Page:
- U.S. senators questioned the technology companies involved in last year’s extensive cyber attacks.
- SolarWinds, Microsoft, FireEye and CrowdStrike all testified while Amazon refused to participate.
- Microsoft’s president said evidence points to Russia, where officials suspect the attack originated.
- Visit the Insider business section for more stories.
The U.S. Senate on Tuesday questioned the top executives of SolarWinds and other technology companies in a hearing after unknown attackers suspected of having links to Russia infiltrated the company’s software last year, compromising thousands of organizations, including major federal agencies.
SolarWinds participated in the hearing of FireEye, the cybersecurity company that discovered malware in December, as well as Microsoft, whose president, Brad Smith, was present during the procedure. CrowdStrike CEO George Kurtz also testified. His cybersecurity firm was apparently able to ward off the hackers.
During the hearing, Smith gave the strongest indication that the cyberattack originated in Russia, while Kurtz and FireEye CEO Kevin Mandia did not confirm or deny the origin of the attackers. But Mandia said the attack was in line with Russian behavior.
Several senators noted that Amazon ̵
The cyber attack began in March and was undetected for several months. SolarWinds told the Securities and Exchange Commission that about 18,000 of its 300,000 customers were targeted in the attack. Senior government data was left exposed – the Trump administration confirmed in December that hackers had in fact infiltrated important networks, including the US Treasury Department and the Department of Commerce.
Read more: Why the impact of the unprecedented SolarWinds hack that hit federal agencies is ‘gigantic’ and could harm thousands of businesses, according to cybersecurity experts
Fortune 500 companies – including Microsoft, AT&T and McDonald’s – were among SolarWinds’ vulnerable customer base. Microsoft has said that its products, including the Office 365 suite and the Azure cloud, were not used in the hack, but that they were targeted, with the attackers striking out with some of its source code. And FireEye researchers say hackers appear to be able to send emails and access calendars on Microsoft’s 365 suite.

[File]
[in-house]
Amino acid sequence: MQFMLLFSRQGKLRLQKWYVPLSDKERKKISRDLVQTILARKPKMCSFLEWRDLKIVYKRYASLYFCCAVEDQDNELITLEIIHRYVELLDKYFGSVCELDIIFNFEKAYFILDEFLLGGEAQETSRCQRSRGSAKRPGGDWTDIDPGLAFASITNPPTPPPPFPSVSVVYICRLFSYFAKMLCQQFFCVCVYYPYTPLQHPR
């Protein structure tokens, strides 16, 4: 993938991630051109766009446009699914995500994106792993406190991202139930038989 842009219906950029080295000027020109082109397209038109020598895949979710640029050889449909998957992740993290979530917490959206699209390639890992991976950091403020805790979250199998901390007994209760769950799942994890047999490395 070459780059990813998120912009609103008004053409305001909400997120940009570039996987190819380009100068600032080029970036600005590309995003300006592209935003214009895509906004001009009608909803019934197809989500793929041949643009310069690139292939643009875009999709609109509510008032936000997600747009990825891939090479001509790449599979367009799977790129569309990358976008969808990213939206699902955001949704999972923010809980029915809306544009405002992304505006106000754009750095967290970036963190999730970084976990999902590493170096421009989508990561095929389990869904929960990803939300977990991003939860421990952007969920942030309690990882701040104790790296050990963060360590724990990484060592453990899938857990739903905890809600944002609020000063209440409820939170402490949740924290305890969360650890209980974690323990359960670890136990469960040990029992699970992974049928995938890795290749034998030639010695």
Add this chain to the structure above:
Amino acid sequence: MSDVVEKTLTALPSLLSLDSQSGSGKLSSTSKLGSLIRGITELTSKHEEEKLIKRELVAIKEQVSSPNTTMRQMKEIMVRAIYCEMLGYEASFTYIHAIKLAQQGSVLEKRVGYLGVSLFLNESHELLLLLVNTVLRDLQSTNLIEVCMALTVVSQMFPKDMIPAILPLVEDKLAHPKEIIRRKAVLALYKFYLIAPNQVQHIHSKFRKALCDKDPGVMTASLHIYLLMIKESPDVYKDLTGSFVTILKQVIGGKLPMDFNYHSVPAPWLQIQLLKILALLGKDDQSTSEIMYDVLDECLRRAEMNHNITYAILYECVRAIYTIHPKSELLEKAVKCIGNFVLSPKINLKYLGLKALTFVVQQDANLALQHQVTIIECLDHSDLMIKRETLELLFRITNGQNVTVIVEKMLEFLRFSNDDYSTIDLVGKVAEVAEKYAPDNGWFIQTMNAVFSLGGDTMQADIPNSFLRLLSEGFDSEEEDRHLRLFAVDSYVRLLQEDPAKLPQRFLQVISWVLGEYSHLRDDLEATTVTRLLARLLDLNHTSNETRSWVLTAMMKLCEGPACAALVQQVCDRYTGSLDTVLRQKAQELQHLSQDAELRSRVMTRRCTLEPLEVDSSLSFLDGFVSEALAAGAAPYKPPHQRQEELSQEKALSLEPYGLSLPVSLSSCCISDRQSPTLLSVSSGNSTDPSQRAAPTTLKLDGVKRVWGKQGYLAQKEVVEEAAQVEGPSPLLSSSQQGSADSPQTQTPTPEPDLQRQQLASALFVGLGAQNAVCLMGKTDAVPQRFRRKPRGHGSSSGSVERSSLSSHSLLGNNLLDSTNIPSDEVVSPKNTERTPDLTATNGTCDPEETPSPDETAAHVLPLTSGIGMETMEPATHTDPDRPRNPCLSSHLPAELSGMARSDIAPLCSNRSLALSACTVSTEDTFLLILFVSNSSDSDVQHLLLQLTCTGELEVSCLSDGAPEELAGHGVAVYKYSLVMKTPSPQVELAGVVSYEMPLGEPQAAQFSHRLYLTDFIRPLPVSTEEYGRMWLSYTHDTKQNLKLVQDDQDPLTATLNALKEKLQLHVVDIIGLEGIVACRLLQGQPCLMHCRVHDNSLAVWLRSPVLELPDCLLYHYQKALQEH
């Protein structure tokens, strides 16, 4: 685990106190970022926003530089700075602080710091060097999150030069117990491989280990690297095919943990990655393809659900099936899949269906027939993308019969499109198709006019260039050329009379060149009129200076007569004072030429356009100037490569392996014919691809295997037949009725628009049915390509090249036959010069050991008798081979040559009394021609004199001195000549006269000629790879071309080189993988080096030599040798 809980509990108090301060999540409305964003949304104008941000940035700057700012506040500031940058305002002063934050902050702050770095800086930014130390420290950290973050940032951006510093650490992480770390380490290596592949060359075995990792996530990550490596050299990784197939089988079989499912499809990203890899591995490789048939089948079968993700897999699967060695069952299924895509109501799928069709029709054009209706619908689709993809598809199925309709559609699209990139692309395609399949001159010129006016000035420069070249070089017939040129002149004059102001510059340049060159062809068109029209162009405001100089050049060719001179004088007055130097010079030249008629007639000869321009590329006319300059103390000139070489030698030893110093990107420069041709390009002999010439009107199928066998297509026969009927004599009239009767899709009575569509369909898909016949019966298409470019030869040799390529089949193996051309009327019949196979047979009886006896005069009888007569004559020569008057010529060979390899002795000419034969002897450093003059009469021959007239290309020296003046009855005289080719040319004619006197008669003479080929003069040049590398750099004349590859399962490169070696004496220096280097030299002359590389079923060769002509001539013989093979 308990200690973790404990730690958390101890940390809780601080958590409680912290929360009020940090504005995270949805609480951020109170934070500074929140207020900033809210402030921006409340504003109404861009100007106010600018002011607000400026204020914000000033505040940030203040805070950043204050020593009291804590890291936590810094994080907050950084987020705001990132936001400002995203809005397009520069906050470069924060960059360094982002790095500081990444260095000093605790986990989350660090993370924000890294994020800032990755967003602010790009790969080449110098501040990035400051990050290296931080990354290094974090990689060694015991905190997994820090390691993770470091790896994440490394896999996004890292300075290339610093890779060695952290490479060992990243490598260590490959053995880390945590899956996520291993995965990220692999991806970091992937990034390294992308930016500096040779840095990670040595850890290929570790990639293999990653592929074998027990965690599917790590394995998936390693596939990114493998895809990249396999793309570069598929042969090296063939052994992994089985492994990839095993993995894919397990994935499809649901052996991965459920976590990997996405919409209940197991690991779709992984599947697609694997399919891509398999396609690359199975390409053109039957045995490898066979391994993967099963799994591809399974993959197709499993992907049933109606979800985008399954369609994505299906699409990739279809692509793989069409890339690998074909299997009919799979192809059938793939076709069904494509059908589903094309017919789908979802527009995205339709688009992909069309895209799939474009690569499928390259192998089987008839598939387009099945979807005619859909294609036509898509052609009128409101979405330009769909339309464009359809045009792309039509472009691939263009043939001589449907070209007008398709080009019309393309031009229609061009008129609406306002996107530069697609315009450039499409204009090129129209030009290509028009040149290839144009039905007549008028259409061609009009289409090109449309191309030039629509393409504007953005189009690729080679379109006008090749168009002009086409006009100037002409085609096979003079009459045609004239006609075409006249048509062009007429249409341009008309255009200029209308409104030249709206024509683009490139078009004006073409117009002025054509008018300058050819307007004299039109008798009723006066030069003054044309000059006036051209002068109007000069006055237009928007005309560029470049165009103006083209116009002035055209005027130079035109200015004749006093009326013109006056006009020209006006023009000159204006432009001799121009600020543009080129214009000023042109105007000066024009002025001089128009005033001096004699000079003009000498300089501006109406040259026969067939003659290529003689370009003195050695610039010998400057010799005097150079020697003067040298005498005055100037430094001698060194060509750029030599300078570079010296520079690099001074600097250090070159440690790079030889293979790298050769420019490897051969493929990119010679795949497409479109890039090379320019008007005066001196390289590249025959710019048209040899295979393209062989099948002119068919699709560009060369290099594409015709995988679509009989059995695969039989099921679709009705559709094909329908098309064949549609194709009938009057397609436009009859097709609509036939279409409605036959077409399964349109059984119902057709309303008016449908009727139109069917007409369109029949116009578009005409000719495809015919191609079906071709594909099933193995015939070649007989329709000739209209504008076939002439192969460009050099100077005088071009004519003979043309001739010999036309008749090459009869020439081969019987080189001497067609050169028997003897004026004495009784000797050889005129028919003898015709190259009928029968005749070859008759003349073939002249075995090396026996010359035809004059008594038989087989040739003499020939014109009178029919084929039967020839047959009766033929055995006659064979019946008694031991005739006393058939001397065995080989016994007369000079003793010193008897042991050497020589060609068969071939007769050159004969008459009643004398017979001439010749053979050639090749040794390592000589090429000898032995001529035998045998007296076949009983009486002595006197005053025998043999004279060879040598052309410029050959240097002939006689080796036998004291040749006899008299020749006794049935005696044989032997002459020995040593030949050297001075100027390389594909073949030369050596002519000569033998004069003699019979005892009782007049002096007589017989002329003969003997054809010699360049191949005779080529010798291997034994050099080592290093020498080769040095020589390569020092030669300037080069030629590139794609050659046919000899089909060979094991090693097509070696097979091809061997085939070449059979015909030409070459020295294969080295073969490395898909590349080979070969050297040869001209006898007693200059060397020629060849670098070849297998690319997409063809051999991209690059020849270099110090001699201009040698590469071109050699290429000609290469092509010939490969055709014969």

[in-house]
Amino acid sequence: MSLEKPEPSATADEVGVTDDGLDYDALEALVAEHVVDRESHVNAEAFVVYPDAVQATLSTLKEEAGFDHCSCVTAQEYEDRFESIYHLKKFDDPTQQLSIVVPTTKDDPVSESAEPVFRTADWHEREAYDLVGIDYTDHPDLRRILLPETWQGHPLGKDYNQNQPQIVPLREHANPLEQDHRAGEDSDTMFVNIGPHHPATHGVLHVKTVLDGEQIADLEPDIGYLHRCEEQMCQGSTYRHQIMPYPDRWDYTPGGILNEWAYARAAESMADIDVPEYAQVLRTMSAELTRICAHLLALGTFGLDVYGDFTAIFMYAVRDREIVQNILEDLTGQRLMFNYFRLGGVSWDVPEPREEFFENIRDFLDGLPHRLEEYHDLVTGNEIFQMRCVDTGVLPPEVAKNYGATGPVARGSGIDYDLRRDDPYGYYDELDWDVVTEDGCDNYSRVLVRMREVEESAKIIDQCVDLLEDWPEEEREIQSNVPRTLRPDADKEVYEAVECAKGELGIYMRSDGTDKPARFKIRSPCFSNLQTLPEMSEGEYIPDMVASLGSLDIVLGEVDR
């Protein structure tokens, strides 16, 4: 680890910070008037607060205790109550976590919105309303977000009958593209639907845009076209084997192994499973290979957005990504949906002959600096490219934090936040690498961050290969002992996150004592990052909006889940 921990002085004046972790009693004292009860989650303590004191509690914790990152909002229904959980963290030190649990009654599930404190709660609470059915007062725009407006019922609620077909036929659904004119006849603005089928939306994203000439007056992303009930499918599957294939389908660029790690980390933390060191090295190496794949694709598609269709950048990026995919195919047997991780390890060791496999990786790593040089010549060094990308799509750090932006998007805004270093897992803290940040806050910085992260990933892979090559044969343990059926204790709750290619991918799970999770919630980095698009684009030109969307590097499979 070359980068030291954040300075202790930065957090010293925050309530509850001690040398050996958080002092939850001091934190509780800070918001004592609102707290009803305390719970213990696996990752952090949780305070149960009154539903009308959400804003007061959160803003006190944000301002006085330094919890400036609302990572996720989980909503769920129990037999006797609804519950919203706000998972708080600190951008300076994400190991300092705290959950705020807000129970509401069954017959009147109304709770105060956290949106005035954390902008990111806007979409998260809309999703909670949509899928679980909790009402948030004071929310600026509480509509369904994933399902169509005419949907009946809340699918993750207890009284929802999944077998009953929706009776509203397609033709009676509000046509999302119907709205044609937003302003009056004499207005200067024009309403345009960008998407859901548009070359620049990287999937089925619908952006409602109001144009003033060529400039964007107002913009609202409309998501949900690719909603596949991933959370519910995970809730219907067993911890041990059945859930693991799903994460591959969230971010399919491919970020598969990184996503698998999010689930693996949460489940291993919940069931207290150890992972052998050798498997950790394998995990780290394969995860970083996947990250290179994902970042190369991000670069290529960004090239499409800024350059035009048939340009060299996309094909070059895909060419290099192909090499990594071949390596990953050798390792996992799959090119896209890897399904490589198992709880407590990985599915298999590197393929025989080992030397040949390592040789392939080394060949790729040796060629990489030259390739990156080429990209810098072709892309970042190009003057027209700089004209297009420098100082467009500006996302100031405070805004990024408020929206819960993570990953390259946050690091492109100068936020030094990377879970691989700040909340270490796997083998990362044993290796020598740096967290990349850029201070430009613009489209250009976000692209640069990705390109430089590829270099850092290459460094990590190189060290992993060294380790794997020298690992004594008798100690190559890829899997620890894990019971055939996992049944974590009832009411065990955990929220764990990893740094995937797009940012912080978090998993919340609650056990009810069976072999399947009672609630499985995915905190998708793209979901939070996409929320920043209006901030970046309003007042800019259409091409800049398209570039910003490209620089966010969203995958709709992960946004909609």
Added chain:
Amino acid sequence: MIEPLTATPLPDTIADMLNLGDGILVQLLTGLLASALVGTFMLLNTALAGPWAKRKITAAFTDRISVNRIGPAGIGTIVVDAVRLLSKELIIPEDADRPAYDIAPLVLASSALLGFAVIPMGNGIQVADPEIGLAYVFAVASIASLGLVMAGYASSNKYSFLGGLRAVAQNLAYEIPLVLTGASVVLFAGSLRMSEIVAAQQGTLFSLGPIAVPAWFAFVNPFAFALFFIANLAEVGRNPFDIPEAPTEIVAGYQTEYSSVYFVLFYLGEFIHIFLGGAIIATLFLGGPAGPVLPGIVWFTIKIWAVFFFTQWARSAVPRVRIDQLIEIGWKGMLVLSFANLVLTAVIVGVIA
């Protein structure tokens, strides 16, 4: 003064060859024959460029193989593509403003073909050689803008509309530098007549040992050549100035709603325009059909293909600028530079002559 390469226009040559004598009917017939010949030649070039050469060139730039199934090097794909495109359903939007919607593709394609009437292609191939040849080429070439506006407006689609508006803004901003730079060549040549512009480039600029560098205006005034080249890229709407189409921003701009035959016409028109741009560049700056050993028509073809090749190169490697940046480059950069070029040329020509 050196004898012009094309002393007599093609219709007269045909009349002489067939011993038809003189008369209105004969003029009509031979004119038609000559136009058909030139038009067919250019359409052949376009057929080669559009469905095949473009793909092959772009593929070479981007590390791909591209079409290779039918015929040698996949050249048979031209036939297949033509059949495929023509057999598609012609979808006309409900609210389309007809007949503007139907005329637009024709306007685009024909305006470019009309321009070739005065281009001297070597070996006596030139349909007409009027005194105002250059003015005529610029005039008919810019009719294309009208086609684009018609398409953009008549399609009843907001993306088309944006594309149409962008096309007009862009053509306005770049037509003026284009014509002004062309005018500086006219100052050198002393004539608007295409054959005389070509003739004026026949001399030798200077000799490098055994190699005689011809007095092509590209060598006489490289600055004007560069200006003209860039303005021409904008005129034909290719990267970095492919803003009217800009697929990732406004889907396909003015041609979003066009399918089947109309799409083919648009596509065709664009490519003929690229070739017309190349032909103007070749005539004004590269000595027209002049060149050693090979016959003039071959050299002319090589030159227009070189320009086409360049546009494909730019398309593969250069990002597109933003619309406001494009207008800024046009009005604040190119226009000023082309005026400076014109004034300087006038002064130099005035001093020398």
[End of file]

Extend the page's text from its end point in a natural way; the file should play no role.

Read more: Microsoft said its software and tools were not used ‘in any way’ in the SolarWinds attacks. New findings suggest a more complicated role
The White House has said it could respond to SolarWinds hackers in a matter of weeks, which could include sanctions against the Russian government.
Insider reported that Tuesday’s hearing was a crucial moment in the relationship between the US government and the cyber security world, namely in how the industry could help federal officials avert the nation state’s attacks in the future.
The live blog is now over. Below are some highlights from the three-hour hearing.
Senator Mark Warner said the committee invited Amazon to attend the hearing, but the company declined
Democratic Sen. Mark Warner of Virginia started the hearing, noting that Amazon rejected the Senate’s invitation to testify at Tuesday’s hearing. Florida Republican Senator Marco Rubio also touched on the company’s lack of participation, saying, “It would be most helpful in the future if they actually participated in these hearings.” Amazon did not immediately respond to Insider’s request for comment.
Collins said that if the tech giant did not decide to testify, the committee should “look at the next steps.” Republican Senator Ben Sasse of Nebraska and Warner also expressed concern about the company’s absence. The Senate committee is expected to upload additional documents in a few weeks.
Microsoft President Brad Smith said the full scope of the attack is still unfolding
In his introductory statement, Smith said there was much we still did not know about the scale of the cyber attack and that there needs to be a reform of the relationship between Silicon Valley’s cyber security arm and the federal government. He also said he believed Russia was behind the attack.
Mandia, FireEye’s CEO, used his opening statement to declare the attack “unusually difficult to detect” and later said it was a planned hack. “The question is, where’s it next? And where are we going to find it?” Said Mandia.
Smith says all evidence points to Russia
Smith said earlier that “at this time we have seen significant evidence pointing to the Russian foreign embassy and we have not seen any evidence pointing to anyone else.” He said in the hearing that more than 80% of the units targeted by the attack were non-governmental organizations.
Mandia and Kurtz, CrowdStrike’s CEO, agreed that the attacker was a nation-state player. But no executive said who they thought was behind it. Mandia said his firm analyzed forensics and found it was “most consistent with espionage and behavior we have seen out of Russia.”